Thursday, December 21, 2017

Cast No Shadow, by Nick Tapalansky and Anissa Espinosa

Greg lives in Lancaster, a town known for tourist trap oddities. Like the world's largest hairball (sorry, but eww!) or Miss Star's Psychic Karaoke. But perhaps the biggest oddity of all is Greg, who was born without a shadow. But being the local freak is the least of Greg's worries. Ruth, Greg's father's girlfriend, has moved in. And Greg takes this to mean his mother (deceased) is being forgotten, erased. Also, Greg's best friend Layla has began dating his nemesis. Needless to say, Greg is dealing with a lot of personal drama, a lot of feels, and none of it is good. Greg is beginning to think NO ONE gets him. 

Then Greg meets Eleanor while exploring the old, abandoned Turner Mansion, and finally feels like this is someone he can be friends with. Maybe more. The only catch is Eleanor is a ghost, doomed to haunt the house until the end of time. And Greg is the only one who can see her. So that adds to his weirdness in the eyes of everyone else. 

Just when Greg is finally feeling happy for the first time in a while, his shadow is unleashed. And this is no ordinary shadow, but a destructive force determined to destroy the town. There's only one way to stop it, but it will require a big sacrifice.

Admittedly it took me a while to get into Cast No Shadow, mainly because the narration was really confusing. Was it Eleanor? Greg's shadow? Greg? Some unidentified and all-knowing third-person observer? It wasn't obvious to me until much, much later in the book. And that took away from my enjoyment of the story, somewhat. Additionally, some of the action sequences didn't translate so well to print/still pictures, leaving me with a "What just happened here?" sort of feeling. But despite all that, I DID end up enjoying the story. And BONUS: Happy Ending for Everyone (The final scene literally shows the characters walking off into the sunset. I guess to show they all have perfectly normal shadows). 

I'd recommend it. --AJB

Saturday, December 16, 2017

Eight Days on Planet Earth, by Cat Jordan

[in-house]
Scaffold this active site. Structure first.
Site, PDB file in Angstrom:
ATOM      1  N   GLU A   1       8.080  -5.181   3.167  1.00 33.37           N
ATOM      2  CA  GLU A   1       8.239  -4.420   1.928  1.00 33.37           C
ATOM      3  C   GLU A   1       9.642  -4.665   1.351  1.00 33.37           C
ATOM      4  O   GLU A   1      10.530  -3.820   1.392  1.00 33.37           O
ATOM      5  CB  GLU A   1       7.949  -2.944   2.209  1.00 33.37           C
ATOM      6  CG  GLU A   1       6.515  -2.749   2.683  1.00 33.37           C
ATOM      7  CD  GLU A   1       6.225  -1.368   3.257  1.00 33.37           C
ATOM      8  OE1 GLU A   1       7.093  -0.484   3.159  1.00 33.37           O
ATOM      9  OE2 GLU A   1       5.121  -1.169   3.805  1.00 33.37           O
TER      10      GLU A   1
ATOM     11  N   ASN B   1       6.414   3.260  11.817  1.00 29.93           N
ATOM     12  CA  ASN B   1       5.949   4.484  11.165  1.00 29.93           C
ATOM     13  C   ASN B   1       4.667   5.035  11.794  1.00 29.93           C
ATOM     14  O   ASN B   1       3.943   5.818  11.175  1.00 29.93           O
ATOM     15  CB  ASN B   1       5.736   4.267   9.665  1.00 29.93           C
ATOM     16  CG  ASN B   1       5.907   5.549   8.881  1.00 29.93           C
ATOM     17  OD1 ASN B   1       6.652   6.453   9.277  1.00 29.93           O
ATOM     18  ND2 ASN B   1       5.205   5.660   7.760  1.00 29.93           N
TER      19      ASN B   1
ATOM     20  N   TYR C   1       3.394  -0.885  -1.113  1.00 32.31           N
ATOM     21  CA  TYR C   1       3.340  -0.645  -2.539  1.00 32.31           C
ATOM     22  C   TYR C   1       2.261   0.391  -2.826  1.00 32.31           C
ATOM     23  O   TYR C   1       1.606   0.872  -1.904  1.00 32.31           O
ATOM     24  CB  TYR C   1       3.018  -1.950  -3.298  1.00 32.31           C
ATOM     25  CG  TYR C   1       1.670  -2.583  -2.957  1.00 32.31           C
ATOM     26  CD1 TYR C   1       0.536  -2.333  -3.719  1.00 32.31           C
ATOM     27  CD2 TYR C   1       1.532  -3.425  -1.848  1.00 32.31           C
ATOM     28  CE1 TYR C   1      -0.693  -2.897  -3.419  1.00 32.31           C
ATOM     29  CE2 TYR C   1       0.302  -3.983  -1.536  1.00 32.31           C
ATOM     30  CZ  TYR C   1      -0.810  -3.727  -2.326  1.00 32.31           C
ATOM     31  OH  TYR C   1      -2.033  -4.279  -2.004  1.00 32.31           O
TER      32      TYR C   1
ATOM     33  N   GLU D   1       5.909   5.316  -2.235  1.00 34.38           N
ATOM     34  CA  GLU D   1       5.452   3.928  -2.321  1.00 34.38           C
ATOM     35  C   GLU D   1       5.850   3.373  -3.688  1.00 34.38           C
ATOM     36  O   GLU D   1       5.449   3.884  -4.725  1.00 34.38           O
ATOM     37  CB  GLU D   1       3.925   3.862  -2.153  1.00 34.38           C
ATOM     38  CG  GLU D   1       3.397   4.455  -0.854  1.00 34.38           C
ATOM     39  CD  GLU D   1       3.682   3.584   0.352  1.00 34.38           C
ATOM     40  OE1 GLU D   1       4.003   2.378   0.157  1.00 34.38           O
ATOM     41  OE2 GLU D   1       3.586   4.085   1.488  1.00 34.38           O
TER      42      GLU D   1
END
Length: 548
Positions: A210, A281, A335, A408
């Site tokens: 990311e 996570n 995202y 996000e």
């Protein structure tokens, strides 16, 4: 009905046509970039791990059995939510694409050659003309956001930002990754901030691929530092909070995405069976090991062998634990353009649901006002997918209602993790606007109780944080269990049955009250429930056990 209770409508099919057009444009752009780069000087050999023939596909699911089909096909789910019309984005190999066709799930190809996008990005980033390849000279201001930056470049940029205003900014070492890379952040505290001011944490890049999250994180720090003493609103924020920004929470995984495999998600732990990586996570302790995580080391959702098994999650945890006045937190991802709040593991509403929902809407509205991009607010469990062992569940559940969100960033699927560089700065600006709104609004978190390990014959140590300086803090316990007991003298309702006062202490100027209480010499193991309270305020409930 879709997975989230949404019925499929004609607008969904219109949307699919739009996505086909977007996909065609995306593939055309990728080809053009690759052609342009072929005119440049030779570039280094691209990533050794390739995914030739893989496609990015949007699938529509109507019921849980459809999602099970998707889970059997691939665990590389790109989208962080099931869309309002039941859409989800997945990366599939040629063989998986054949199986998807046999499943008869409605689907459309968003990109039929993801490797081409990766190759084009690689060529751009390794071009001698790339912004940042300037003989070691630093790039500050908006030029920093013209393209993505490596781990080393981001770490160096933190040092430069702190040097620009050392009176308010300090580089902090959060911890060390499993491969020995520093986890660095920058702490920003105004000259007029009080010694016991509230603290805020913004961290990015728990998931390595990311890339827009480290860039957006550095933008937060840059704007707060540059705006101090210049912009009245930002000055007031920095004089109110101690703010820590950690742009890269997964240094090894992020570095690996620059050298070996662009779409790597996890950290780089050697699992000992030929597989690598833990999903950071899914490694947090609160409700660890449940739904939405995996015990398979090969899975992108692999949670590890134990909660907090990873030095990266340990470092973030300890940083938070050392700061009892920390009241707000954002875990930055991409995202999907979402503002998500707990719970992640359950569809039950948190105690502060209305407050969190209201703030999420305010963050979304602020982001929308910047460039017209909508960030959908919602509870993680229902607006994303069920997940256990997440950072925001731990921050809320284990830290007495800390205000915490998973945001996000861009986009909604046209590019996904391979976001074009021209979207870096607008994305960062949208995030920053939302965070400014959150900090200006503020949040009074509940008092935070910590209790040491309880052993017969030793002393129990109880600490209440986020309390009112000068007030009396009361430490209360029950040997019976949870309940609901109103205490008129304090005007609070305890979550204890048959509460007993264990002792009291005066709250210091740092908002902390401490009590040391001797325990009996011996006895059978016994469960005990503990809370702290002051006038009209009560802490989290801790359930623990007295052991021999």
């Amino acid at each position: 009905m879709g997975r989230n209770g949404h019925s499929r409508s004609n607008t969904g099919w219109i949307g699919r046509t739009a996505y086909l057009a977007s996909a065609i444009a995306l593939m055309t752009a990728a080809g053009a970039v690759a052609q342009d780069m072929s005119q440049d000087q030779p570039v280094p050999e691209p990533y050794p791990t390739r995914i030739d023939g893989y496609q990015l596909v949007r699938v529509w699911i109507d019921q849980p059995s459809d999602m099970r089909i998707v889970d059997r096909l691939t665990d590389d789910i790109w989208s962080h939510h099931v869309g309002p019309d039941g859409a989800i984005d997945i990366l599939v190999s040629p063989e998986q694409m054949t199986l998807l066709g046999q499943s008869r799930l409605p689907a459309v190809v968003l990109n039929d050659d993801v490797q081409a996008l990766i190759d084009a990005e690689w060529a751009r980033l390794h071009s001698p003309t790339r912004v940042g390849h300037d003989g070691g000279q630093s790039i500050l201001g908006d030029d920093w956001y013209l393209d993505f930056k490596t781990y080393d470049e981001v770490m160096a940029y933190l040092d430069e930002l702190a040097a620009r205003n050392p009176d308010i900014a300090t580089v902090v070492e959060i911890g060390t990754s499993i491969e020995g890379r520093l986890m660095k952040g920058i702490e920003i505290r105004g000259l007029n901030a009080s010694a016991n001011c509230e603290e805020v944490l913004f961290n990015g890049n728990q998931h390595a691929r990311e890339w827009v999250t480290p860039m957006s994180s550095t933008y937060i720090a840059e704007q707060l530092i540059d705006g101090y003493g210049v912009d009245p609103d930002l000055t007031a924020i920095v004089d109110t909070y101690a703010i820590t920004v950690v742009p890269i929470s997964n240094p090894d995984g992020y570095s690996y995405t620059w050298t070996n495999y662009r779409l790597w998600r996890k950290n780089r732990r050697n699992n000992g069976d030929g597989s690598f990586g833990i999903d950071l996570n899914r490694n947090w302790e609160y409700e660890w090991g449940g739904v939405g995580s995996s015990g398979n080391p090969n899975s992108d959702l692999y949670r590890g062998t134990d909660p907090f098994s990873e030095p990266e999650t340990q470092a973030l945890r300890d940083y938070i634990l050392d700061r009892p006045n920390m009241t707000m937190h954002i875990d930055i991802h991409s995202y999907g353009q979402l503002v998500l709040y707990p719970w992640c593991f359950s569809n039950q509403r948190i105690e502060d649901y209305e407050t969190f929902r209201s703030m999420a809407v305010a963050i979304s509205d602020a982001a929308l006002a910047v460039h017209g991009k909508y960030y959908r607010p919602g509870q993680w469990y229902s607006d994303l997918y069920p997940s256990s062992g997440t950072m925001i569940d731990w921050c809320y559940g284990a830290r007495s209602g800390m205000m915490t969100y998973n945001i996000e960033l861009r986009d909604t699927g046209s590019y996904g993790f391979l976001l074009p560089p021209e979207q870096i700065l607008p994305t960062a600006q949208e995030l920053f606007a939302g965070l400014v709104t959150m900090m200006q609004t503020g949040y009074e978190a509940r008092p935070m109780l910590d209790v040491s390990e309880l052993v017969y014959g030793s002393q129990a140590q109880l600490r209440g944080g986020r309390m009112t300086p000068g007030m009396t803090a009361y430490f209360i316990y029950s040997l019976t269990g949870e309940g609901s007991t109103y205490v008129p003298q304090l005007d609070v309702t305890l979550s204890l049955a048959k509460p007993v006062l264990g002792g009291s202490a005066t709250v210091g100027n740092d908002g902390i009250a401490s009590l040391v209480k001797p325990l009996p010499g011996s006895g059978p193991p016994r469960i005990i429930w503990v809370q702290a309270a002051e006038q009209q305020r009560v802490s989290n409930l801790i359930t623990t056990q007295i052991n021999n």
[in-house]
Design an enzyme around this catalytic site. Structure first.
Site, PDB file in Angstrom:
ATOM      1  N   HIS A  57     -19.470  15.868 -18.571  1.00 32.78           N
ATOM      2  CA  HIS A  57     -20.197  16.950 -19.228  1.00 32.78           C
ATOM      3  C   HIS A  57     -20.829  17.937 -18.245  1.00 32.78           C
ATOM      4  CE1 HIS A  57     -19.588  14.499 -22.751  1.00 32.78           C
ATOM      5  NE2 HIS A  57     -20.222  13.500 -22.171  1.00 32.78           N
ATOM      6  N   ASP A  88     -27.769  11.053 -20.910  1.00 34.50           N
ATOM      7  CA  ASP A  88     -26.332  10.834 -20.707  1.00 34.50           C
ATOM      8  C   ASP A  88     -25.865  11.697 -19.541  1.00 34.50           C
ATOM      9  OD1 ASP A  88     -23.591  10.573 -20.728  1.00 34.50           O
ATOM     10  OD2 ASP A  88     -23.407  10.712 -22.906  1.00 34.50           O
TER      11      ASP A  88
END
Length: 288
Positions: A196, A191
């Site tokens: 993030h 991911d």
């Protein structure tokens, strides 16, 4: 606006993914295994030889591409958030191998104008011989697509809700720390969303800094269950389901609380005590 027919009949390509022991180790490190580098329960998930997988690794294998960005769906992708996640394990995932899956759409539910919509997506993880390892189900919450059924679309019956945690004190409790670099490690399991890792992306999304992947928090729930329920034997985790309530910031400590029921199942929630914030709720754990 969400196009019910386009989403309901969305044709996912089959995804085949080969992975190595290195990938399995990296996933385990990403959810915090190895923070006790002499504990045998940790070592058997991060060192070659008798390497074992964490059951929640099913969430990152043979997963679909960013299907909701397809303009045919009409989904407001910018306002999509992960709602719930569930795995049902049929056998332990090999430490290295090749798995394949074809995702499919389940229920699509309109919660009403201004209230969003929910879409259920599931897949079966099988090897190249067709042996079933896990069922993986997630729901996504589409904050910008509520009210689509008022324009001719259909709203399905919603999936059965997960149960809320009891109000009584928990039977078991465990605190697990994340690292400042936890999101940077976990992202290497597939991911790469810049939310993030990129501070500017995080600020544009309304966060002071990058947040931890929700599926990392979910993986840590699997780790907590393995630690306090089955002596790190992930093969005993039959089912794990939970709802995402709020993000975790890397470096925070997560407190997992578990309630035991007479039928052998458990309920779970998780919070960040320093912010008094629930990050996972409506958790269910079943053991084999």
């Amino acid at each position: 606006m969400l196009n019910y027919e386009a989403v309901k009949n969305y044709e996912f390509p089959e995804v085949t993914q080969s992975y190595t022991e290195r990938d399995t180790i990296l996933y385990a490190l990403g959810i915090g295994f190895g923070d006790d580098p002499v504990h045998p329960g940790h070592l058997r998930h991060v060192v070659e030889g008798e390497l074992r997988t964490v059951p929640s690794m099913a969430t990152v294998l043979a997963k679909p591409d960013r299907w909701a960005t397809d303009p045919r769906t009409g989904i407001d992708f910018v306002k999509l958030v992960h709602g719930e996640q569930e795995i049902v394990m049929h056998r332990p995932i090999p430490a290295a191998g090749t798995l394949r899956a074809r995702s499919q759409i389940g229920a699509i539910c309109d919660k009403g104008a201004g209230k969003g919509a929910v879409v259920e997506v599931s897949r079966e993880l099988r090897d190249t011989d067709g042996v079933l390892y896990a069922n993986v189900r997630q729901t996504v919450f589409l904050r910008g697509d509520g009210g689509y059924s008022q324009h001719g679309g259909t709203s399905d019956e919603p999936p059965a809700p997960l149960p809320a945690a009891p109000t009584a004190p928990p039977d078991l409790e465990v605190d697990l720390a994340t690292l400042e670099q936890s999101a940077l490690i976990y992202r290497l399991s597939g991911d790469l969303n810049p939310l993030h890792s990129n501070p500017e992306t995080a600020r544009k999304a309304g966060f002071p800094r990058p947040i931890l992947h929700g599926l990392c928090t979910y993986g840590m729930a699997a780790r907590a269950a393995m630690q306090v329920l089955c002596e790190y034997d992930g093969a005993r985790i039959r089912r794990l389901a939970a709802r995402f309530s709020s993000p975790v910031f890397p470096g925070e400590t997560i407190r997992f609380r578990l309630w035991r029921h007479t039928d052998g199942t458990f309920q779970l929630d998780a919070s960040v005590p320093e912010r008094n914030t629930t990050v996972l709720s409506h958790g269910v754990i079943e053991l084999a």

Eight Days on Planet Earth is down-to-earth yet it's magical, funny, and a little heartbreaking.

Matty Jones has grown up knowing the field he lives next to is a little different. Matty's father claims that a spaceship landed there on the night he was born. But Matty's father has since run off with his brother's sister, leaving Matty and his mother alone, so Matty isn't all that inclined to listen to what his father believes. When a strange girl suddenly appears in Matty's field claiming to be from another planet, waiting to be collected by a spaceship, Matty knows it can't be true. But there is something so ethereal about Priya  that she starts to change Matty's view on life, the universe and even love.

It wasn't until I reached the very end of this book that I actually started to understand it. For most of this story I expected a spaceship to land in Matty's field and colllect the celestial Priya. But this book is actually a contemporary novel - real life, real world issues. It is just like it claims in the synopsis - about life, the universe and love. The ending of this book is beautiful but it also has a surprising twist. I didn't see it coming and it changed everything about how I viewed this book, the characters and their actions. The surprise is actually the best part, so I'll stop here.

This book is written from Matty's perspective across eight strange and life-changing days, which enables the reader to burrow into Matty's head and heart.
Eight Days on Planet Earth wasn't what I was expecting, but instead was a delightful and moving surprise. It is perfect for readers who enjoy contemporary novels about romance, family, self-discovery, tearjerkers and that something special that is just a little otherworldly. *JK*